Yet, when faced with making emission reduction pledges, denialism (aka vested interests) took precedence. It seemed the science was forgotten as countries outdid one another to obfuscate their offers and tactics such as changing the base-year, referring to carbon intensity, and including off-sets, were used to minimise the required domestic reductions. For example, Canada, which signed the Kyoto Protocol, and thus committed to reduce its 1990 emissions by 6%, had by 2007 increased emissions by 26%. It has now pledged to reduce emissions by 20% by 2020, using 2006 as a base year, effectively only bringing emissions back to 1990 levels, seemingly abandoning the cuts to which they had originally agreed.
Cutting emissions ultimately requires a collective response for there is a global limit to how much we can emit. However, at the back of every negotiator's mind is the pressing question of how much their country or company is going to have to cut, and, of course, how much it will cost them to do so. The dilemma is that each country is trying to minimise total global emissions, but maximise their own national (or company) emissions. Such self-interest is institutionalised within any form of international negotiation; the global system is not geared for cooperation, but for competition. Nevertheless, there is no other method that is more critical for combating climate change than a committed, collective response. Global democracy is weak and this makes the enforcement of agreements almost impossible, as illustrated by Canada's flagrant disregard for its commitments under the Kyoto Protocol.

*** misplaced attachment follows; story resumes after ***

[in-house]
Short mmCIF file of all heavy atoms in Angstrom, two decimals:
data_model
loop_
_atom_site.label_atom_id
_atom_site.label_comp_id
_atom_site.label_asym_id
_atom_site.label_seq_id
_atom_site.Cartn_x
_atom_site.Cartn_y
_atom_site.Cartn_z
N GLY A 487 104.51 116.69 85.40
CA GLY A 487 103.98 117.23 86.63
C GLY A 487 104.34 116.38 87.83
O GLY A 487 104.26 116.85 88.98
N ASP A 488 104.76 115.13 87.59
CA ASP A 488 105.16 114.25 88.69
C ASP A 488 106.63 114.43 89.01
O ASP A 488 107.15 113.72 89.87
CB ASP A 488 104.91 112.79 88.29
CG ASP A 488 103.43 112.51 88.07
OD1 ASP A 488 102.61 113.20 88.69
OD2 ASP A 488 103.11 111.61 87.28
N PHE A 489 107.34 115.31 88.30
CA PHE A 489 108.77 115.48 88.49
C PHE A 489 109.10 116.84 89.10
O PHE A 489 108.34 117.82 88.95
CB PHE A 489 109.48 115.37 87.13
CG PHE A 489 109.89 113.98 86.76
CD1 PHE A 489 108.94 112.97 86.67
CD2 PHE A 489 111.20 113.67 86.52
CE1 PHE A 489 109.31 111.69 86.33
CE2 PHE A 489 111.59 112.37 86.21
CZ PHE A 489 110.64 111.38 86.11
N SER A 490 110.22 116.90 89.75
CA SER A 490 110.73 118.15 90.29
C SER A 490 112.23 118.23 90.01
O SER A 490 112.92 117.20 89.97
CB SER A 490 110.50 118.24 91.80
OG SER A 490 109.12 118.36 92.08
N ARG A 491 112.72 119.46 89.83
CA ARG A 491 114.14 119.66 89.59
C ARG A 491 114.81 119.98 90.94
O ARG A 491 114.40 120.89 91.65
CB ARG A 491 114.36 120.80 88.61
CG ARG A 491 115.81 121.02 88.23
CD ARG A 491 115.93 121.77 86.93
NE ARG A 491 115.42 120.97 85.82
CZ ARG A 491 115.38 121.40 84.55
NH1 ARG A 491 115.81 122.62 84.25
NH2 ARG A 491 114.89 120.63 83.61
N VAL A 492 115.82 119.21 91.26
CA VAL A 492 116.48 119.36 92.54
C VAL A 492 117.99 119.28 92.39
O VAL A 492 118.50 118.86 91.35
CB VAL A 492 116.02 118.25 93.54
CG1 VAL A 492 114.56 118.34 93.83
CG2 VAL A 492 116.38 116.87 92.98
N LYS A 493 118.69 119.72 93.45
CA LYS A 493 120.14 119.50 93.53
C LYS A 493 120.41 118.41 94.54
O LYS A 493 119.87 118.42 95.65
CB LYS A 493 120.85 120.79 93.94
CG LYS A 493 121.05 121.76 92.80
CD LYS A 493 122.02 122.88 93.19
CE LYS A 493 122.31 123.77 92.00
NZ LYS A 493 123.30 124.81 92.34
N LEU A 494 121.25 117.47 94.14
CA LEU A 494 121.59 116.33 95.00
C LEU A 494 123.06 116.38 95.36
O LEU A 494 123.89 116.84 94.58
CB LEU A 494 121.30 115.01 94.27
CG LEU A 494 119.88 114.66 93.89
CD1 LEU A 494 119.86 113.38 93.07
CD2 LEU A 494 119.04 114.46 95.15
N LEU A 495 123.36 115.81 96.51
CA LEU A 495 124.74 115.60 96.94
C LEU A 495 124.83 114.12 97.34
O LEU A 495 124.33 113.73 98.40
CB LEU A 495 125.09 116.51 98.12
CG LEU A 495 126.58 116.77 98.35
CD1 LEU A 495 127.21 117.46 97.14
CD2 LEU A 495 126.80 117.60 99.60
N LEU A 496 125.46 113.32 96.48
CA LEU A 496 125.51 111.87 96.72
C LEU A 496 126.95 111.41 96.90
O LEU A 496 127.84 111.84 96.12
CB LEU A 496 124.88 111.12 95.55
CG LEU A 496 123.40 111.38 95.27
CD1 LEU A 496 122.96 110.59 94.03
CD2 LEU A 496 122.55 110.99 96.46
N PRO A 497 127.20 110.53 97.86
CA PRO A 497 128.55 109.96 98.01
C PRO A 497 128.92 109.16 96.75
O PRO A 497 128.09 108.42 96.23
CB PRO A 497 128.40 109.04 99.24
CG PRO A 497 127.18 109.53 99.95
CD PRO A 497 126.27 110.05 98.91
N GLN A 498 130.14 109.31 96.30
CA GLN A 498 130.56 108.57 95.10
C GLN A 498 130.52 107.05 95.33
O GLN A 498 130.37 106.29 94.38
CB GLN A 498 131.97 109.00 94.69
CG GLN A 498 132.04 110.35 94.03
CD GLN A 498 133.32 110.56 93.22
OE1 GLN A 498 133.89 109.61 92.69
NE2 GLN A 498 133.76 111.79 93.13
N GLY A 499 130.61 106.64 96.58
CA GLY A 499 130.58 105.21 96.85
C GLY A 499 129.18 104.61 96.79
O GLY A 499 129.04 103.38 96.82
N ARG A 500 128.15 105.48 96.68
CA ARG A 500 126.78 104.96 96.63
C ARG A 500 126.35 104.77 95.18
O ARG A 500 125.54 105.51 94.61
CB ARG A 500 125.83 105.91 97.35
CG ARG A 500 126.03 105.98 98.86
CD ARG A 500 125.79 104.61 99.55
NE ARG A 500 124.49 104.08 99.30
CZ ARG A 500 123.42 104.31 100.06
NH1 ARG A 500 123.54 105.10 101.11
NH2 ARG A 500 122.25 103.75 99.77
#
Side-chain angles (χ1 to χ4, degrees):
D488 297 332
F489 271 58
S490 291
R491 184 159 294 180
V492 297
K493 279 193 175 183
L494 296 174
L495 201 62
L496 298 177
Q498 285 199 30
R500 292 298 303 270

Annex 1 countries have dual obligations: to cut their own emissions; and to pay for adaptation and mitigation in developing countries. Africa has demanded that they fulfil both and has taken a strong stance on the need to keep the Kyoto Protocol (which is not without irony, given that it was such a compromised agreement itself). The costs of adapting to climate change will be enormous, both in financial and human terms. For Africa, increased water insecurity due to salt water intrusion into coastal aquifers, falling lake and river levels and changing rainfall patterns, is already evident (http://www.dwaf.gov.za/dir_ws/2aww/default.asp). The continent is highly vulnerable to climate change. Yet, with the exception of South Africa, which is also a member of the BASIC Group of countries (Brazil, South Africa, India and China), Africa has almost no voice in international negotiations. However, the BASIC Group is critical to the negotiations, in part because the USA has insisted that any deal it signs must include mitigation commitments from these countries, which are present or future significant greenhouse gas emitters.